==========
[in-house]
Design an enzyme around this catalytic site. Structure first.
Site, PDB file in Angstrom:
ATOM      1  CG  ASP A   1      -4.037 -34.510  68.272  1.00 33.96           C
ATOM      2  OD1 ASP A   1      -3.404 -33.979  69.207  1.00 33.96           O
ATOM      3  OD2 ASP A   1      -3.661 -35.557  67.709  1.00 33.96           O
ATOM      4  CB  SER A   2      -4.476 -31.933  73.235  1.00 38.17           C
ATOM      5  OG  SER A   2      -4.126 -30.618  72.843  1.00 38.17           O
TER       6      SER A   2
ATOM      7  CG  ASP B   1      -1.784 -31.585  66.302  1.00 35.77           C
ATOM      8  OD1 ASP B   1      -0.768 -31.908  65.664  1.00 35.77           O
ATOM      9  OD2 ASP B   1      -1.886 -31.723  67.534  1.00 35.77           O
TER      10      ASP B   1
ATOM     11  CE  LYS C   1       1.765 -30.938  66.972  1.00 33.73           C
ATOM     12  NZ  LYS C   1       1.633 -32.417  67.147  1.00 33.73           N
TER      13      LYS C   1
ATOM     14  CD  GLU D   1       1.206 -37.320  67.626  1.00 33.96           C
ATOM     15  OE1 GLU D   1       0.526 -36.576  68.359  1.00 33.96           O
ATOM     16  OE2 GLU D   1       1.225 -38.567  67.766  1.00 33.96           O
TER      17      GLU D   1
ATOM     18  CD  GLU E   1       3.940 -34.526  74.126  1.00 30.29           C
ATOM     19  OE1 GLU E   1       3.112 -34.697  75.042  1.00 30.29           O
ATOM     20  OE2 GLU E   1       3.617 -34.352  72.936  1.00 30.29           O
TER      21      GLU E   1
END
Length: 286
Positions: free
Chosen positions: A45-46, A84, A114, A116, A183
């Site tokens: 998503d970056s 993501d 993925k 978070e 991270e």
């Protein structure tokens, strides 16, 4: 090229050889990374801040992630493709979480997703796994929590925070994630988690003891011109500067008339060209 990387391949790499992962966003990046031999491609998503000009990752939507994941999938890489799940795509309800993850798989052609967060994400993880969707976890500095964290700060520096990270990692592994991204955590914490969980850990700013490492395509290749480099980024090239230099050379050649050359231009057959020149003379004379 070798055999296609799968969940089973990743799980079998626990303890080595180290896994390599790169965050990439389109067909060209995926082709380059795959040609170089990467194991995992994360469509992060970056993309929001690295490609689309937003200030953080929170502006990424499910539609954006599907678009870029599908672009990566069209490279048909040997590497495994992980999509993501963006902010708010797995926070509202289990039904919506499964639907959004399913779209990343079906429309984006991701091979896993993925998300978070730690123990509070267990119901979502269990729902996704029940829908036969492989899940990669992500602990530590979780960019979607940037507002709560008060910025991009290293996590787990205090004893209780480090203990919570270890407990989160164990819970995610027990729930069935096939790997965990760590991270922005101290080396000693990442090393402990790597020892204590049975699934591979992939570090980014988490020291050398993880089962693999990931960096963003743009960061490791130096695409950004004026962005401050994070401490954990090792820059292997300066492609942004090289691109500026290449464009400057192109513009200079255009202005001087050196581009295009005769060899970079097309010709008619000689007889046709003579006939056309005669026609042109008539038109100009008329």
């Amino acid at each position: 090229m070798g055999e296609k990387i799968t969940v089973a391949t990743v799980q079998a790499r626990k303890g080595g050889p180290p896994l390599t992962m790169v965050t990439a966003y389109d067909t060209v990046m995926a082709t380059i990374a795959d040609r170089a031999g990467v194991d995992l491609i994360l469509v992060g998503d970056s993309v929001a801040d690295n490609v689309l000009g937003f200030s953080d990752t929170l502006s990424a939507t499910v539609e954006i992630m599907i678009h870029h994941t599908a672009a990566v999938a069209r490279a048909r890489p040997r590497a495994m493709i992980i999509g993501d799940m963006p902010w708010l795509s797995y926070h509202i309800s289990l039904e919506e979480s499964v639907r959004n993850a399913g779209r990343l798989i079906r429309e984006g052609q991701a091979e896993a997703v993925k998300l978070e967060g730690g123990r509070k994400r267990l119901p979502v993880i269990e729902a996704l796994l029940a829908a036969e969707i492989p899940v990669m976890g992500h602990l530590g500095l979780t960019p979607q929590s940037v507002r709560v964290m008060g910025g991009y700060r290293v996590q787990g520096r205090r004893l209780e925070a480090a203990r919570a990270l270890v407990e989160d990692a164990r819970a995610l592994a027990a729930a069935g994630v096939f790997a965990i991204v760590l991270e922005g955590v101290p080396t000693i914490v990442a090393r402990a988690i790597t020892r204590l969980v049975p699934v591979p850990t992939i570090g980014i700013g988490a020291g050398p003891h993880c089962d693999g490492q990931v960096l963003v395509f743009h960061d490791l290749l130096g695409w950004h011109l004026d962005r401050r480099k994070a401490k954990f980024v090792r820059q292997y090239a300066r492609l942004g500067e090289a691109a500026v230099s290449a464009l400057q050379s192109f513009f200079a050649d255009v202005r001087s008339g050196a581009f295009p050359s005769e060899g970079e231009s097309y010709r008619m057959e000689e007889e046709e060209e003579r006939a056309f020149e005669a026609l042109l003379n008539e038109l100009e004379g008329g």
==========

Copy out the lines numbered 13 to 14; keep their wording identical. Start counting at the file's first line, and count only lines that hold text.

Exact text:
TER      10      ASP B   1
ATOM     11  CE  LYS C   1       1.765 -30.938  66.972  1.00 33.73           C